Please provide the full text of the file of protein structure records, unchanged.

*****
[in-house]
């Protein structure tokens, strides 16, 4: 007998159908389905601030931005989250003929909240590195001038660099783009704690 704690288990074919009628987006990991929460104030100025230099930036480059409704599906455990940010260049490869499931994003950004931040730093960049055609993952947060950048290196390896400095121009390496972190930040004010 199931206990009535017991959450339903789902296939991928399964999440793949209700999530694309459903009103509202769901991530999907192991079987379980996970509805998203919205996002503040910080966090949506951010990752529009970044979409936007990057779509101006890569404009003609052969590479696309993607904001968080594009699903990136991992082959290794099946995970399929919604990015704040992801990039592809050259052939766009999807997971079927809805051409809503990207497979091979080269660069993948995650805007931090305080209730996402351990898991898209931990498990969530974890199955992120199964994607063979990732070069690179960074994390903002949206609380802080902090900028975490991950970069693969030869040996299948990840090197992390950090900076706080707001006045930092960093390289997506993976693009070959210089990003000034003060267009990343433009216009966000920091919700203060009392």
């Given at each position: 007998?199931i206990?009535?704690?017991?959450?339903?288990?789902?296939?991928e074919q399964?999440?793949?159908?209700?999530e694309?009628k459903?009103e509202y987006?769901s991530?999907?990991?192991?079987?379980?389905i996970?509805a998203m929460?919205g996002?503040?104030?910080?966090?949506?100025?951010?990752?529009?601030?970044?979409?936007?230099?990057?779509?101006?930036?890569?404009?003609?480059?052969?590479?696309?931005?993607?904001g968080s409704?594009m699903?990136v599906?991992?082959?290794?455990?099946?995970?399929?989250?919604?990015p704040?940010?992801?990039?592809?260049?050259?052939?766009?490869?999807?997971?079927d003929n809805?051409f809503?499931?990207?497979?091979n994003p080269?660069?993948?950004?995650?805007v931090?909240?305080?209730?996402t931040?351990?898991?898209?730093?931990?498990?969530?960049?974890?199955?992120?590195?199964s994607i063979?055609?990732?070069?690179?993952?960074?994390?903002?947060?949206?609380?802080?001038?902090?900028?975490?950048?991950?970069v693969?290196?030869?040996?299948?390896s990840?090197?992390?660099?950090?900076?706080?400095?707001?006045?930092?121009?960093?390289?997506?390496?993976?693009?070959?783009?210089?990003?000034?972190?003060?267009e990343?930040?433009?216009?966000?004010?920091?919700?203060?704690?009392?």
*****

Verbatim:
[in-house]
């Protein structure tokens, strides 16, 4: 007998159908389905601030931005989250003929909240590195001038660099783009704690 704690288990074919009628987006990991929460104030100025230099930036480059409704599906455990940010260049490869499931994003950004931040730093960049055609993952947060950048290196390896400095121009390496972190930040004010 199931206990009535017991959450339903789902296939991928399964999440793949209700999530694309459903009103509202769901991530999907192991079987379980996970509805998203919205996002503040910080966090949506951010990752529009970044979409936007990057779509101006890569404009003609052969590479696309993607904001968080594009699903990136991992082959290794099946995970399929919604990015704040992801990039592809050259052939766009999807997971079927809805051409809503990207497979091979080269660069993948995650805007931090305080209730996402351990898991898209931990498990969530974890199955992120199964994607063979990732070069690179960074994390903002949206609380802080902090900028975490991950970069693969030869040996299948990840090197992390950090900076706080707001006045930092960093390289997506993976693009070959210089990003000034003060267009990343433009216009966000920091919700203060009392």
């Given at each position: 007998?199931i206990?009535?704690?017991?959450?339903?288990?789902?296939?991928e074919q399964?999440?793949?159908?209700?999530e694309?009628k459903?009103e509202y987006?769901s991530?999907?990991?192991?079987?379980?389905i996970?509805a998203m929460?919205g996002?503040?104030?910080?966090?949506?100025?951010?990752?529009?601030?970044?979409?936007?230099?990057?779509?101006?930036?890569?404009?003609?480059?052969?590479?696309?931005?993607?904001g968080s409704?594009m699903?990136v599906?991992?082959?290794?455990?099946?995970?399929?989250?919604?990015p704040?940010?992801?990039?592809?260049?050259?052939?766009?490869?999807?997971?079927d003929n809805?051409f809503?499931?990207?497979?091979n994003p080269?660069?993948?950004?995650?805007v931090?909240?305080?209730?996402t931040?351990?898991?898209?730093?931990?498990?969530?960049?974890?199955?992120?590195?199964s994607i063979?055609?990732?070069?690179?993952?960074?994390?903002?947060?949206?609380?802080?001038?902090?900028?975490?950048?991950?970069v693969?290196?030869?040996?299948?390896s990840?090197?992390?660099?950090?900076?706080?400095?707001?006045?930092?121009?960093?390289?997506?390496?993976?693009?070959?783009?210089?990003?000034?972190?003060?267009e990343?930040?433009?216009?966000?004010?920091?919700?203060?704690?009392?």